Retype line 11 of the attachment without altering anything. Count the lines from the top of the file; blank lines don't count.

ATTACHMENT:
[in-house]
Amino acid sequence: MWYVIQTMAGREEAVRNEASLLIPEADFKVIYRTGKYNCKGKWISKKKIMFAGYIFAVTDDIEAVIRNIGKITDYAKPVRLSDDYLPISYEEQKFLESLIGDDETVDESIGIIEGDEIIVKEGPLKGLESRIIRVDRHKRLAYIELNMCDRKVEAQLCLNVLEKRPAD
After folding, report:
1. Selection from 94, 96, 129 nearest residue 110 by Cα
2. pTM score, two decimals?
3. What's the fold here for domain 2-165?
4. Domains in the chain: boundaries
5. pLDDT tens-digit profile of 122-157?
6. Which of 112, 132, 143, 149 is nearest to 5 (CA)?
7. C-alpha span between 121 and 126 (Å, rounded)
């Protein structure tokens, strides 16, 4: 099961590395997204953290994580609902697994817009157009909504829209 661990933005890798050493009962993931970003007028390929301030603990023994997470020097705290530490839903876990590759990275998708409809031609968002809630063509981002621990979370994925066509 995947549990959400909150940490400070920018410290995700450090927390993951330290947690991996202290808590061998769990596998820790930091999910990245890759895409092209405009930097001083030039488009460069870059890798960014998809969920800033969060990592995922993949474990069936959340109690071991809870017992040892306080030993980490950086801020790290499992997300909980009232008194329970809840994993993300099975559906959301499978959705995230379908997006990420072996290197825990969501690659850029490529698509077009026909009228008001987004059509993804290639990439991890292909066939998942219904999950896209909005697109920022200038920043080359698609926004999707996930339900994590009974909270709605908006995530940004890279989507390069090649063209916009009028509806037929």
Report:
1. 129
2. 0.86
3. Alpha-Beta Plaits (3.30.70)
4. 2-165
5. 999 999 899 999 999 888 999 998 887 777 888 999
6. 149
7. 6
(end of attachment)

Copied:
């Protein structure tokens, strides 16, 4: 099961590395997204953290994580609902697994817009157009909504829209 661990933005890798050493009962993931970003007028390929301030603990023994997470020097705290530490839903876990590759990275998708409809031609968002809630063509981002621990979370994925066509 995947549990959400909150940490400070920018410290995700450090927390993951330290947690991996202290808590061998769990596998820790930091999910990245890759895409092209405009930097001083030039488009460069870059890798960014998809969920800033969060990592995922993949474990069936959340109690071991809870017992040892306080030993980490950086801020790290499992997300909980009232008194329970809840994993993300099975559906959301499978959705995230379908997006990420072996290197825990969501690659850029490529698509077009026909009228008001987004059509993804290639990439991890292909066939998942219904999950896209909005697109920022200038920043080359698609926004999707996930339900994590009974909270709605908006995530940004890279989507390069090649063209916009009028509806037929």